The changes that are coming with the Fifth Industrial Revolution will affect how organisations operate, which is why business leaders need to prepare for tomorrow. To remain competitive, they will have to move away from how they have traditionally operated and they must embrace fresh ideas, new thinking and, of course, unfamiliar technology.
“When new technology from the next revolution becomes entrenched, we’re going to be conducting business in different ways,” says Stuart Scanlon, managing director for epic ERP, the official Southern African distribution partner for Epicor Software Corporation, a global provider of industry-specific enterprise software to promote business growth. “Current systems won’t be able to handle the expected increase in productivity, which is why business leaders need to become early adopters of technology, to stay ahead of the changes.”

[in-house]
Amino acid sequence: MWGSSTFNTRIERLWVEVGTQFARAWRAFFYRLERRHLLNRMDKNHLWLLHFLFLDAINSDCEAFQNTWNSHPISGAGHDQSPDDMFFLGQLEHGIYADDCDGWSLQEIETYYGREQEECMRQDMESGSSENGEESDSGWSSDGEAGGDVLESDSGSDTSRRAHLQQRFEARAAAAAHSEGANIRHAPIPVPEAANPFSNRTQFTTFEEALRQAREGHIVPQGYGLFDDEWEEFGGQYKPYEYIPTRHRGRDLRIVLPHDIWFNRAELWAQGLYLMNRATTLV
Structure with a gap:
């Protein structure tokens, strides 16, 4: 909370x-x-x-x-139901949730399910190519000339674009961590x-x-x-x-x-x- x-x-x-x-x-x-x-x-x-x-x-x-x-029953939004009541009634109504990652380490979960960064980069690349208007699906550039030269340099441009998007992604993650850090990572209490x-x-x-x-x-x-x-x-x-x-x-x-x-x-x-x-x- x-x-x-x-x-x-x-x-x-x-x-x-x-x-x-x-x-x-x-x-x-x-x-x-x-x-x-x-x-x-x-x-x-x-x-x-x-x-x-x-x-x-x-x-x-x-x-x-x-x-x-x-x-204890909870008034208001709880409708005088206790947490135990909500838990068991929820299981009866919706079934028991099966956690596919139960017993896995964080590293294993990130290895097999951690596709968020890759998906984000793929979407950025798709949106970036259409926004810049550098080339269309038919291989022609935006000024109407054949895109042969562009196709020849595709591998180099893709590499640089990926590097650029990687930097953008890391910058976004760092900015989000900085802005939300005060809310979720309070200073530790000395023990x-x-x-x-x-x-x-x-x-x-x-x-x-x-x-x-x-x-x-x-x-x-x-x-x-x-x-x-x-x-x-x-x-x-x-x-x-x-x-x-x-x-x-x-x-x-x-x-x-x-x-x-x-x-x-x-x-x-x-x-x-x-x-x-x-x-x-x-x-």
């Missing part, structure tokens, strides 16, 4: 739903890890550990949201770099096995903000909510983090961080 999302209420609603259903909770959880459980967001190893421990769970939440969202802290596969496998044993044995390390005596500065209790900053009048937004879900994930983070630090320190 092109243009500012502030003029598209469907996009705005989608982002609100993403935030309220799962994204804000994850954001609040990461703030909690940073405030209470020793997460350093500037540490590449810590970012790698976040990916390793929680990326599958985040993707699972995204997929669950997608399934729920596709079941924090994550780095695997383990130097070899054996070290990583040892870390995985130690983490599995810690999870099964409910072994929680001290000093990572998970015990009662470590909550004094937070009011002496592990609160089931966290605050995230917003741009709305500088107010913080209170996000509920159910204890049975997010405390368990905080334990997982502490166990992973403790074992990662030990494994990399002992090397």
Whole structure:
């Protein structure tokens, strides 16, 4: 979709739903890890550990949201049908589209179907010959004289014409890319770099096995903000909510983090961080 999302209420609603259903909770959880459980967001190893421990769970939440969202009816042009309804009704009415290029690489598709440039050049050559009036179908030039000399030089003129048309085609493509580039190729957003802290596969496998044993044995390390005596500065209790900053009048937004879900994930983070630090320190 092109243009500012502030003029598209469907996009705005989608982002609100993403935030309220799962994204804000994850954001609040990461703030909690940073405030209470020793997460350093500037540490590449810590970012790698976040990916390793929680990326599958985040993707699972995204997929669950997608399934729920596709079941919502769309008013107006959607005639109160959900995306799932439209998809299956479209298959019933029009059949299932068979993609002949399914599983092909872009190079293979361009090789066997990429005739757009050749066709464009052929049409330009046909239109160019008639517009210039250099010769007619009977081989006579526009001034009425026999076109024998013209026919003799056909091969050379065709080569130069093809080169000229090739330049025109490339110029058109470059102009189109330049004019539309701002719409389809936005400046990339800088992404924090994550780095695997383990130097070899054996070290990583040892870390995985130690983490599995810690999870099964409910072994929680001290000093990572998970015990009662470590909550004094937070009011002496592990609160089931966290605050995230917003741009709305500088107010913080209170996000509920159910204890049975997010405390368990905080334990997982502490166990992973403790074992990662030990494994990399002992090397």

For an organisation to future-proof its business, it needs software that can support the unknown, together with agile infrastructure, so it’s better set up to adjust its services, products and procedures. To manage productivity and achieve success, the business will need to be flexible and run lean.
“People have different opinions when it comes to predicting the start of Industry 5.0 but, if you consider the speed of transformation in technology, I believe it’s going to be here far sooner than most people think. The future is happening now and we need to rise to the challenges if we are to thrive in the next revolution,” says Scanlon.
CES: Most useless gadgets of all
Choosing the best of show is a popular pastime, but the worst gadgets of CES also deserve their moment of infamy, writes ARTHUR GOLDSTUCK.